In a regulatory audit situation, it is important to understand that regulators do not expect sites to execute a protocol flawlessly; rather, they expect that non-compliances will be properly identified, appropriately escalated and adequately resolved. In a well-drafted communication plan, the background of the study and its communication needs will be described, and key study stakeholders identified. Expectations regarding communication types, timing and frequency will be pre-determined so that when challenges arise a framework for well-documented resolutions exists. Auditors will be interested to learn how these challenges were identified and resolved, and study communication documents can provide a valuable audit trail that describes study team efforts.

The flow of communication must be clearly defined and maintained in order to assure the success of a trial. Communication plans may be tailored to fit the individual needs of the trial, and should contain study background information and a description of communication needs, identify stakeholders and responsibilities, and describe communication types, timing, frequency and storage. A communication plan is an important tool in audit readiness, as it provides a framework for well-documented resolution of issues. While it may be desirable in the short term to overlook the creation of a communication plan in order to save time during the early planning phase of the study, without an open flow of communication between investigators, monitors and clients each study stakeholder risks a silo effect, creating redundancy in effort and duplication of mistakes. It is important to remember, “If it wasn’t documented, it wasn’t done – but if it wasn’t communicated, it can’t be corrected!”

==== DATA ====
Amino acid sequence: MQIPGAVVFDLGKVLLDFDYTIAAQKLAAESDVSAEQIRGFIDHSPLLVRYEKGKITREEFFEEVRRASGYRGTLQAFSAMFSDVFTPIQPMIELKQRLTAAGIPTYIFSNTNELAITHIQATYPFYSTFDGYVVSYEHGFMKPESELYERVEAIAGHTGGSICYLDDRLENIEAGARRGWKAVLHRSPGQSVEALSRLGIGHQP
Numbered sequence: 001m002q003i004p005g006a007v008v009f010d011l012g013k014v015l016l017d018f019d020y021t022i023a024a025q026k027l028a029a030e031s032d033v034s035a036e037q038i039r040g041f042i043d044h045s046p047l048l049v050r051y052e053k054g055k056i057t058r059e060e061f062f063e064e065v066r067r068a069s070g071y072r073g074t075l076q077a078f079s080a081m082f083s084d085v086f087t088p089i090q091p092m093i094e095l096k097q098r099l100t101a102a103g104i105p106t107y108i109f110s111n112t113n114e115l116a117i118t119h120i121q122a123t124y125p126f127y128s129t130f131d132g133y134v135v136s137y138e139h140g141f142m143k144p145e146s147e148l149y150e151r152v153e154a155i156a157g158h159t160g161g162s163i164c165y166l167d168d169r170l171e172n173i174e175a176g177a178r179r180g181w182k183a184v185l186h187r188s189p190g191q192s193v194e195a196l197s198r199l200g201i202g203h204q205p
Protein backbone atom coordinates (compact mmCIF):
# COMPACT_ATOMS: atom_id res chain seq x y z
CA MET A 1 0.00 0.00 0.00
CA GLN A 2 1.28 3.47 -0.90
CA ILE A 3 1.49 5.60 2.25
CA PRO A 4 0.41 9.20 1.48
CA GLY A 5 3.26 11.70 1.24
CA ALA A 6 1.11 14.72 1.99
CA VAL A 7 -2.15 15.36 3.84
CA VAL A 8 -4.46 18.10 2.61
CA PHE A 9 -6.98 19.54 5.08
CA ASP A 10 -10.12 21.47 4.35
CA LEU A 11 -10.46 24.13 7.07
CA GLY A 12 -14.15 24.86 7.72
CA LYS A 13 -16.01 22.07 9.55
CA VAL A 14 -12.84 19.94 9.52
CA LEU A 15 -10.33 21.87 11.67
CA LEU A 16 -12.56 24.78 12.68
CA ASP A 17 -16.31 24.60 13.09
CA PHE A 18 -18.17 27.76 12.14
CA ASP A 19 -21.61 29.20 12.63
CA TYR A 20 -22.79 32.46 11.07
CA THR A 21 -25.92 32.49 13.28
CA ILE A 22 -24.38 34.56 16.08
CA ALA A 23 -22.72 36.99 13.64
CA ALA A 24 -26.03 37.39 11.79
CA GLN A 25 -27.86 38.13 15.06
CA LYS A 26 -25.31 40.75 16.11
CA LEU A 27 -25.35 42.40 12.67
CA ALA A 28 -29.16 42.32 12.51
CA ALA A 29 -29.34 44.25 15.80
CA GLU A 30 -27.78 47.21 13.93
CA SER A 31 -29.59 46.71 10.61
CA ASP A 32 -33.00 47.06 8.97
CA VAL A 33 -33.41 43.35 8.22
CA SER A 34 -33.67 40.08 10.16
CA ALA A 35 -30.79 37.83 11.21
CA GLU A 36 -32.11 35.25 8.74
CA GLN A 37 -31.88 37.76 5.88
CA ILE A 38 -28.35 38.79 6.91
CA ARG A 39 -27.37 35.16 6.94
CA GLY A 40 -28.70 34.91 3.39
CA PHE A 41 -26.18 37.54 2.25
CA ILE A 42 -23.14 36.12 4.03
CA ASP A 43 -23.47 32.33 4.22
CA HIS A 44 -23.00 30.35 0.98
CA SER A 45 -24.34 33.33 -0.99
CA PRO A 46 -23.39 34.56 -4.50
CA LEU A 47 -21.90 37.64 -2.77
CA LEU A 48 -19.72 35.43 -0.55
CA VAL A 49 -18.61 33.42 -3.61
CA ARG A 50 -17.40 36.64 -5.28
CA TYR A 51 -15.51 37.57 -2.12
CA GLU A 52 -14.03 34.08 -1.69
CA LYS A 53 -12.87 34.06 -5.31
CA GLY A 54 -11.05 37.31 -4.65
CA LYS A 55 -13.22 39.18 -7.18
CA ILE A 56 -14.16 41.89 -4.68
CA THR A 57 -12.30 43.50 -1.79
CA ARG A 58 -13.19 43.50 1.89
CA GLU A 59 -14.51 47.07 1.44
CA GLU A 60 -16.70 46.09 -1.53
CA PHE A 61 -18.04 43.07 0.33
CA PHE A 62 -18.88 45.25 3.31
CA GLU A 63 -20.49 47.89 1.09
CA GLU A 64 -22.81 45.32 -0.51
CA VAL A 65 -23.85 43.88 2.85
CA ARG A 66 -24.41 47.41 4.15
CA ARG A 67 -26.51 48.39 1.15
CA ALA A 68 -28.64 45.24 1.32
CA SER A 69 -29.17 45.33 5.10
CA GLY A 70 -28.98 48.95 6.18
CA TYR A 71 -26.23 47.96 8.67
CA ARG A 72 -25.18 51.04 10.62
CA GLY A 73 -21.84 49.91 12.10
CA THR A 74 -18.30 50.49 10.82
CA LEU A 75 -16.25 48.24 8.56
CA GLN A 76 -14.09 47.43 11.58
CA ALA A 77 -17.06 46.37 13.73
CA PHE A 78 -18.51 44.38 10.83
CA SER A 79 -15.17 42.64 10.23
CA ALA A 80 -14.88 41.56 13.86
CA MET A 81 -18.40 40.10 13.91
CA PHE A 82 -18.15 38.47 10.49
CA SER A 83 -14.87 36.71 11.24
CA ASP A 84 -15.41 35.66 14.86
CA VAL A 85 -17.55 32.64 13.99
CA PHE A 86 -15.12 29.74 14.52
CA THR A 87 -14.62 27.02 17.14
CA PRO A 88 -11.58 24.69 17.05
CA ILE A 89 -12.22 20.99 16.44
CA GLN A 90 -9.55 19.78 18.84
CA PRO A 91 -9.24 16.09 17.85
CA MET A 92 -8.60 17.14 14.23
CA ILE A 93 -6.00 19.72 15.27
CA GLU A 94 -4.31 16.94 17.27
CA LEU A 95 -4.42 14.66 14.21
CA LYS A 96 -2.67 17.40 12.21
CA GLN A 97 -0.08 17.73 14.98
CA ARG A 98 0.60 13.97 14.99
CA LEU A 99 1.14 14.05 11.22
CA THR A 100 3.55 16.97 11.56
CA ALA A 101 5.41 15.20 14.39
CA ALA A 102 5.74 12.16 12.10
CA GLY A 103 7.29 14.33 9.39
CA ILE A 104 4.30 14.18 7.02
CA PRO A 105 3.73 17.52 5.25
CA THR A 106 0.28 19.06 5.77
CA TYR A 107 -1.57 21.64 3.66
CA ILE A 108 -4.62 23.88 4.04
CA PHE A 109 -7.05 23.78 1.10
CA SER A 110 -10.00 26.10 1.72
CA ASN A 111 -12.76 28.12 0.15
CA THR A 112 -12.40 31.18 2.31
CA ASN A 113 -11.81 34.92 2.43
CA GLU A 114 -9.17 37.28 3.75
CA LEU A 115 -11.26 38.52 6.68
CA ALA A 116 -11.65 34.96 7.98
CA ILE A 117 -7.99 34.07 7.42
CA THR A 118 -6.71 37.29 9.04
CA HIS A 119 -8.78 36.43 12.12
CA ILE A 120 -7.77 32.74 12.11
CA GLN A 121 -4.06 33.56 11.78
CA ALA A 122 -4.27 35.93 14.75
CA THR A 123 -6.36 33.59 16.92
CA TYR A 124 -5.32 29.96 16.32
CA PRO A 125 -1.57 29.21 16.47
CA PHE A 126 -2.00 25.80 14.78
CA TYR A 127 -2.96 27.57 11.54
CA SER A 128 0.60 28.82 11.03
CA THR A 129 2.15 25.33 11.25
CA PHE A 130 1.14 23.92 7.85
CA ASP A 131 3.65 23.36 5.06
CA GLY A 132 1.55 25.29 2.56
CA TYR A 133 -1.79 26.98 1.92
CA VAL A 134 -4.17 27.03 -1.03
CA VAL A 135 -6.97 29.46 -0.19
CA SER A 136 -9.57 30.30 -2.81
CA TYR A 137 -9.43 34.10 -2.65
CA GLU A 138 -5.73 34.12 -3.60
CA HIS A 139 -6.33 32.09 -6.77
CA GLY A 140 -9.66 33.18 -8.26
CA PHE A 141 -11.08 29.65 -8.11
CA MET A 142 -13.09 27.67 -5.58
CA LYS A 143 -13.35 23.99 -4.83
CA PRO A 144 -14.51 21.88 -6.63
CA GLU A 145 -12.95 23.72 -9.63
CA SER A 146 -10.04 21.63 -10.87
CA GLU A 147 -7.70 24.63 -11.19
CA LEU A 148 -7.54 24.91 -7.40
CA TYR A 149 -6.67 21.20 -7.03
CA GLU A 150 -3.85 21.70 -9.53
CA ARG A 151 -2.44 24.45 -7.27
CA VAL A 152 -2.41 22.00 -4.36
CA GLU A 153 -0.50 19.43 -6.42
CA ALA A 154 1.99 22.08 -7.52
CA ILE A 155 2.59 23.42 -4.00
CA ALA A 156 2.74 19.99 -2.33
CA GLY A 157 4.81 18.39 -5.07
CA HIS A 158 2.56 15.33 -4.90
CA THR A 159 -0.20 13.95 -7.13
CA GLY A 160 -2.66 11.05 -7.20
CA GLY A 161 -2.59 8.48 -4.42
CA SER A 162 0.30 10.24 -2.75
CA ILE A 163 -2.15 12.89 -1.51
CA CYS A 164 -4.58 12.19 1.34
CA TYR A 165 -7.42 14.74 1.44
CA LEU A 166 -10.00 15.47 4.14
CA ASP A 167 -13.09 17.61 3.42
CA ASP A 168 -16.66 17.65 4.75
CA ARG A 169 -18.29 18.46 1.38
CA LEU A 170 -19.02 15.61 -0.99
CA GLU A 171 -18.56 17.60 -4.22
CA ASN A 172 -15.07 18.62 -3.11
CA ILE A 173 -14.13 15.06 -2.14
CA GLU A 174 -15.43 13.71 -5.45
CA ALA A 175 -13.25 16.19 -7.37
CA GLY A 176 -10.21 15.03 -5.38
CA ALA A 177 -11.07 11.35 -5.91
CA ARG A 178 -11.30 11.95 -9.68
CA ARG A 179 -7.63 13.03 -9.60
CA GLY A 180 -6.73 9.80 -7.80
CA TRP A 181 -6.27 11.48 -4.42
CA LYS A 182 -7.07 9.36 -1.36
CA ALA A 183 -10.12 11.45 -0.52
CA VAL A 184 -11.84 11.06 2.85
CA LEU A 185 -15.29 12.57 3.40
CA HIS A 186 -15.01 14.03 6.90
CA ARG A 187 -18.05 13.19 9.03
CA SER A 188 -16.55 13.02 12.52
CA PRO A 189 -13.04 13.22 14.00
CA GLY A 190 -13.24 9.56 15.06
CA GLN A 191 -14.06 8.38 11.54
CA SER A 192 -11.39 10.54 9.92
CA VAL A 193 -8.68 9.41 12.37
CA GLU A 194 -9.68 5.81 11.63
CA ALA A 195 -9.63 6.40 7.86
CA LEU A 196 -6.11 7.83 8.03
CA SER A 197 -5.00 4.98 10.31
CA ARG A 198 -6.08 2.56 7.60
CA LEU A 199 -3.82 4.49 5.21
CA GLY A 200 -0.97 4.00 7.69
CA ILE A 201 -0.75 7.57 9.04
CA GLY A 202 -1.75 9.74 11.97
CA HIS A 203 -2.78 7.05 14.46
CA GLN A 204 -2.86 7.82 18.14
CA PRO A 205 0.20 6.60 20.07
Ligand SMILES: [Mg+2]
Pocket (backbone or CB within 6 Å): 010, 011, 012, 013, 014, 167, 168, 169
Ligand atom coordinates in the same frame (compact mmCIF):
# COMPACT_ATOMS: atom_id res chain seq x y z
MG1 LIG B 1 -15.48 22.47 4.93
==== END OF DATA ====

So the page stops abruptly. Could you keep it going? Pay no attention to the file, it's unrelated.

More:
Bertram, Susan; Graham, Deborah; Kurland, Marge; Pace, Wilson; Madison, Suzanne; and Yawn, Barbara. “Communication is the Key to Success in Pragmatic Clinical Trials in Practice-based Research Networks (PBRNs).” The Journal of the American Board of Family Medicine, September-October 2013, Vol. 26 No. 5.

Mahinda, Tania. “Back to Basics: Developing an Effective Communication Plan for Clinical Trial Management.” The Monitor, December 2006.

21 CFR 312: Investigational New Drug Application

ICH GCP E6: Good Clinical Practice

Note: The views expressed in this article are those of the author and do not necessarily represent those of his or her employer, GxP Lifeline, its editor or MasterControl Inc.
Rebecca York, MS, CCRA, is a senior clinical research associate with PPD. She has experience in a variety of therapeutic areas including, but not limited to, infectious diseases, urology and cardiology. A frequent speaker and writer, Rebecca lends her passion for research to training efforts within the research community. Contact her at